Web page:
“Mortgage interest deductions were reduced on new mortgages after Dec. 15, 2017, from $1 million to a maximum of $750,000 (ask your accountant about all the changes that might affect you). This has had a major effect on the higher end luxury market. I would suggest that if you have a home with real estate taxes considerably above the $10,000 allowable deduction, that you do not wait and put your home on the market asap.”

“However, if you are looking to move into New York City and want to try to get a good deal and have the cash to pay with the equity from your sale; wait until this winter (when demand is at its lowest) and you could score an amazing deal in the luxury market (for those individuals and developers, who may have to sell), as prices probably will be reduced from the excessive inventory and the decreased deductions in real estate taxes and interest on mortgages.”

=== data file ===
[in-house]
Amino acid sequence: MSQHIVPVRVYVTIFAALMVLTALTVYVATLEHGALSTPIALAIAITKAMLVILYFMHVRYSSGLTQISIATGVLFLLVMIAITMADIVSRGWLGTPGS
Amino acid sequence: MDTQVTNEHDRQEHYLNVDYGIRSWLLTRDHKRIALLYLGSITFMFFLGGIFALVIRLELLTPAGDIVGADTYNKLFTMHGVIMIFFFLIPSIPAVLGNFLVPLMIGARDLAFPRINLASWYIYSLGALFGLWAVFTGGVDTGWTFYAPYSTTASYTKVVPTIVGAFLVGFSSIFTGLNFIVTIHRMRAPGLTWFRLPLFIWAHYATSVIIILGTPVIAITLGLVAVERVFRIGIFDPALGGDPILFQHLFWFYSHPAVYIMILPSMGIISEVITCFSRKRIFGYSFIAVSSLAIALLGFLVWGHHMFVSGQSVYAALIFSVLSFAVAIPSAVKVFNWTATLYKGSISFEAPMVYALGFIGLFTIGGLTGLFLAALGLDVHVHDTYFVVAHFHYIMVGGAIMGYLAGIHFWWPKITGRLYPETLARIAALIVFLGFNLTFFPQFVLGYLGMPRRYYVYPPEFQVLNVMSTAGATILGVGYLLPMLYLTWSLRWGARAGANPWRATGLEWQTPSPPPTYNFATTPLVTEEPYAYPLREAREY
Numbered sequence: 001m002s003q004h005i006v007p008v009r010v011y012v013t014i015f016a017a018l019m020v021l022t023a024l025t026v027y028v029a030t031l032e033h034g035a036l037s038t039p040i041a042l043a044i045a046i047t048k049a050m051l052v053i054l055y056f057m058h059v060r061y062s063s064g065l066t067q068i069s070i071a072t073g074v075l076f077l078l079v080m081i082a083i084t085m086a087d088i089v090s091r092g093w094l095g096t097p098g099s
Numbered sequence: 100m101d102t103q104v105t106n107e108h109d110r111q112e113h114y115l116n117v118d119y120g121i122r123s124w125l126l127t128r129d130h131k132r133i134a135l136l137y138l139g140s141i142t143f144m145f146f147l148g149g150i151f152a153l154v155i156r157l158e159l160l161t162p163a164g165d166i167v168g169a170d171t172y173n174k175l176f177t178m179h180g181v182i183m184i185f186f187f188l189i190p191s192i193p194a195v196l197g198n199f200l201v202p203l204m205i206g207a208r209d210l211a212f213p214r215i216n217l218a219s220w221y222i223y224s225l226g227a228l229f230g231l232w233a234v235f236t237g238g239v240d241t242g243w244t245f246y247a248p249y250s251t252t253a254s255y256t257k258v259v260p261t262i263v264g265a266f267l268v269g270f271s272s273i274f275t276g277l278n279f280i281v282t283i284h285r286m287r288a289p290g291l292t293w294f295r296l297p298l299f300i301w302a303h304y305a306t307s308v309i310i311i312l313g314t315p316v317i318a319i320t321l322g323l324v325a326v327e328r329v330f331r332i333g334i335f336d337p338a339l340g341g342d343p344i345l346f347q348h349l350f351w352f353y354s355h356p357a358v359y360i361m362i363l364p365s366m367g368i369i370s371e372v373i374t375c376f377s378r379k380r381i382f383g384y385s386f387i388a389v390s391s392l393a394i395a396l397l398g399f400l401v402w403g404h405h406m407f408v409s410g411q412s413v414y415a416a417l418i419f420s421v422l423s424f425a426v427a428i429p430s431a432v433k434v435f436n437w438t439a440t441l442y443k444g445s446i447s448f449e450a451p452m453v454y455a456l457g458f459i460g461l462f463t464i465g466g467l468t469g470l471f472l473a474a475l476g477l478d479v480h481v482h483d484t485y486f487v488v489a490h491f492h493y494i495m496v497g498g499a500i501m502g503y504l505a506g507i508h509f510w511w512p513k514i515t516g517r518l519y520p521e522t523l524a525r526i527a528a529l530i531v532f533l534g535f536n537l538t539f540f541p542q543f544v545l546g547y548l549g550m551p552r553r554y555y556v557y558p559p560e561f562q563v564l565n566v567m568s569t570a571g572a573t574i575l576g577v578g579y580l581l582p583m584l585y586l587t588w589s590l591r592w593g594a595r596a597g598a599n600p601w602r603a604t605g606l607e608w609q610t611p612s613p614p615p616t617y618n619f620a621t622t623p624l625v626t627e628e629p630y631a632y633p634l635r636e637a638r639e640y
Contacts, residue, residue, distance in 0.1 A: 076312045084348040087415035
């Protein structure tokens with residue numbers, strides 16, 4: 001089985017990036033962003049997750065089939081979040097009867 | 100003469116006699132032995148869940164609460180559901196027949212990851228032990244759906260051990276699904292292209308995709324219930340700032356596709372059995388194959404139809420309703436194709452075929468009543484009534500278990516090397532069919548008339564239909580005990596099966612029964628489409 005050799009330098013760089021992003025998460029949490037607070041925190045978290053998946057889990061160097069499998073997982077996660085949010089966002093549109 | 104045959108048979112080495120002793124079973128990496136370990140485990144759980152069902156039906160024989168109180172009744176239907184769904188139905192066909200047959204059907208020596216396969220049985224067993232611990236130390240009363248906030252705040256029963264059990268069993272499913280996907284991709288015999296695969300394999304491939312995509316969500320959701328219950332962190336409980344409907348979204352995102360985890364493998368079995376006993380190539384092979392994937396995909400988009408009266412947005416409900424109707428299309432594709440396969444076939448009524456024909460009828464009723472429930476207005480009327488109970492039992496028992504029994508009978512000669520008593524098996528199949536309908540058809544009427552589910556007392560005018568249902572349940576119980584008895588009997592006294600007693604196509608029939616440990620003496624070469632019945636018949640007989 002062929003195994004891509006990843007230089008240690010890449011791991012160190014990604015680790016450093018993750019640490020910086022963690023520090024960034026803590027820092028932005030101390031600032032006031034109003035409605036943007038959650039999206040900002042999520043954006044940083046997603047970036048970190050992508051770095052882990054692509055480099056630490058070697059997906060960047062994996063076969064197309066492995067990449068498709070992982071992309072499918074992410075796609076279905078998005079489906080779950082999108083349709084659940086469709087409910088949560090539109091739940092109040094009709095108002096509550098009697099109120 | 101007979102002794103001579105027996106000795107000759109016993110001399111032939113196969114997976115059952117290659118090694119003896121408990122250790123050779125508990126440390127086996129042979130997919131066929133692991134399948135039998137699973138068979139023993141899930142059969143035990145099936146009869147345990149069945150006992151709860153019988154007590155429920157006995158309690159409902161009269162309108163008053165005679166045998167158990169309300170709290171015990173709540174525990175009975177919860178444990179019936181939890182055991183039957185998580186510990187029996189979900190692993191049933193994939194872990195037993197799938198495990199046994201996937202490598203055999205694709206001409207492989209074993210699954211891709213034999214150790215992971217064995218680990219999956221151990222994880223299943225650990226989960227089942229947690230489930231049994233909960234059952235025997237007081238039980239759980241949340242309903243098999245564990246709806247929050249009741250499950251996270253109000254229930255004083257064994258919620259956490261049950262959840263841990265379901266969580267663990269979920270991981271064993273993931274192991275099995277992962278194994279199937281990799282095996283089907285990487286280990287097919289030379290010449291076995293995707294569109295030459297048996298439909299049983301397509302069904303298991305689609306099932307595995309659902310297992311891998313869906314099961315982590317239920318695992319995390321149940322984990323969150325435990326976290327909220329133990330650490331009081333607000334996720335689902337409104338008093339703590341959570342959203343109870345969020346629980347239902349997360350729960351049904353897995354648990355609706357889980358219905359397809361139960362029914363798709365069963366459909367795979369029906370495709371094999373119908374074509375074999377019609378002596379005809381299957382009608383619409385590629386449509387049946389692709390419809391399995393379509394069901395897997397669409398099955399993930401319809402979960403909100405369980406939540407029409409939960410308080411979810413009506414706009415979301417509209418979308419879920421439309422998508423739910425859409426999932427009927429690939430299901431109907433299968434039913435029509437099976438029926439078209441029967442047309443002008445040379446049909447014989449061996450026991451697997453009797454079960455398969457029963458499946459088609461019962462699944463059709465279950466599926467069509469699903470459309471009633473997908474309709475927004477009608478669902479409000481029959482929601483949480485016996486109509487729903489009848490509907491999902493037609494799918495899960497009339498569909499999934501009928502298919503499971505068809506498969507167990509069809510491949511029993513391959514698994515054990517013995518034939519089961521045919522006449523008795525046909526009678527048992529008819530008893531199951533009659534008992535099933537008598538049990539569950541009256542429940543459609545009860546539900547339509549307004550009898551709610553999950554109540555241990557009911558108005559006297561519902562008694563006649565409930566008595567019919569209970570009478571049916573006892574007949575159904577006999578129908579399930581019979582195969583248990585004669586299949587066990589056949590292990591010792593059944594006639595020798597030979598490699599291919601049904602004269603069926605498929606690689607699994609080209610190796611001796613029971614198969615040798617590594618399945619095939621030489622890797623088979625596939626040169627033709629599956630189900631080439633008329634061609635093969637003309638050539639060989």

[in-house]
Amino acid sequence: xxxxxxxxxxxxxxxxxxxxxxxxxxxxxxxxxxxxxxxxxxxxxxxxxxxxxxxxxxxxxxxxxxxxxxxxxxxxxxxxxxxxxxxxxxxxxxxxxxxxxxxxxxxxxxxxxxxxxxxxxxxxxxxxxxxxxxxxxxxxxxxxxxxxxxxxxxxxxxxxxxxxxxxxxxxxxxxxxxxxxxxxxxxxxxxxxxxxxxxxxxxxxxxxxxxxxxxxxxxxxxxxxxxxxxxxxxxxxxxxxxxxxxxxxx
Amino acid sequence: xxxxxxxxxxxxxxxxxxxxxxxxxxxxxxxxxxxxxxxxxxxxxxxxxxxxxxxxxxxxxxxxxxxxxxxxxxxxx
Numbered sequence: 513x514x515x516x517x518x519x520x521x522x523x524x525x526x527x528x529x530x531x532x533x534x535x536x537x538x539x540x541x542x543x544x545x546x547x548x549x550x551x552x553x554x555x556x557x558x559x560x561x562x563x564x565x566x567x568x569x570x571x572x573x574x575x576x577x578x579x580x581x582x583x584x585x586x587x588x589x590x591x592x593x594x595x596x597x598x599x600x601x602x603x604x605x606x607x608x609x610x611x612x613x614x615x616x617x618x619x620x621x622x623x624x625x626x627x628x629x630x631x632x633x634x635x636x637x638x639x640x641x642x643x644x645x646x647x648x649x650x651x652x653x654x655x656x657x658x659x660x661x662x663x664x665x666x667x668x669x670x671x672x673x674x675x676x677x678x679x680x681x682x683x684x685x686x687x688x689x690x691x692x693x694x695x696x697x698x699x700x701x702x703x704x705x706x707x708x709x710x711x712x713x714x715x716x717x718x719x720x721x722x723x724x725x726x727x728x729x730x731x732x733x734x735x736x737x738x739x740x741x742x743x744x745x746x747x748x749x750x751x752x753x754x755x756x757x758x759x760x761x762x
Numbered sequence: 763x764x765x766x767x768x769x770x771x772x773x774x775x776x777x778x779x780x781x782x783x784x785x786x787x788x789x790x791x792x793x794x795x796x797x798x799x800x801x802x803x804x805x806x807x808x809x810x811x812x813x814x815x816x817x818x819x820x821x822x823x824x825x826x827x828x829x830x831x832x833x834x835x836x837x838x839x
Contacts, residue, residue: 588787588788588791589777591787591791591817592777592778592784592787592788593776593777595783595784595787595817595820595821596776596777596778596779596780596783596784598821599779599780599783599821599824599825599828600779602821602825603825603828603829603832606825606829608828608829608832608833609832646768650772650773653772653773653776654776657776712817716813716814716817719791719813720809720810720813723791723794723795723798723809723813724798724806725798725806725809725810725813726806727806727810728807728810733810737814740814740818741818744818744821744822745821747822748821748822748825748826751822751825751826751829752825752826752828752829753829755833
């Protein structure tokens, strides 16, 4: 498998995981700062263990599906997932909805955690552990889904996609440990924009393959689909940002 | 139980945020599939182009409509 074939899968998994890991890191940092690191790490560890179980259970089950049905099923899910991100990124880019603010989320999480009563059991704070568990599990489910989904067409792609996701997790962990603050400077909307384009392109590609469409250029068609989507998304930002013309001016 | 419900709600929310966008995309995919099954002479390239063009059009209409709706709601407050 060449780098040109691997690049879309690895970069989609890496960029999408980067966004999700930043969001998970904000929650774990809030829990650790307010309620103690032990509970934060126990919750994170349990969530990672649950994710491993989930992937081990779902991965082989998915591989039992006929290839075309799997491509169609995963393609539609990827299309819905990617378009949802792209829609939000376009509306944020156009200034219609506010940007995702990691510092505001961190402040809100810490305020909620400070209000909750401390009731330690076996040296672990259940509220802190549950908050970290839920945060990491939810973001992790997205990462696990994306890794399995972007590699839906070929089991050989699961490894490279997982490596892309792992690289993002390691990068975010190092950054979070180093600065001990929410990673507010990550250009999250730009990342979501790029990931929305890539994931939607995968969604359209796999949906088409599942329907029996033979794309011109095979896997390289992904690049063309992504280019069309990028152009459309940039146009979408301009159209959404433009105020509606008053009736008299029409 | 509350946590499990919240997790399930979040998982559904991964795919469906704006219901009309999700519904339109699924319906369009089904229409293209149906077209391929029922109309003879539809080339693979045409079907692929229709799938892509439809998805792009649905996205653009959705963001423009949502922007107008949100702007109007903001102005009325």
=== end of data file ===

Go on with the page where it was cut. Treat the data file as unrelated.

From Deal Makerz on the UK. “Wealthy buyers in London are increasingly shunning luxury homes for cut-price dilapidated properties in the hopes of making a tidy profit. Buying agency Black Brick, which identified the trend, said buyers are looking to find the best possible deal on their London home, enabling them to achieve better value for money and the potential of long-term capital growth. ‘There are some excellent deals to be had at the moment, particularly from vendors who are highly motivated to sell,’ said Camilla Dell, managing partner at Black Brick. ‘That’s why as buying agents, we always find out who the seller is, and what their reason for selling is. This enables us to negotiate far better discounts for our clients.’”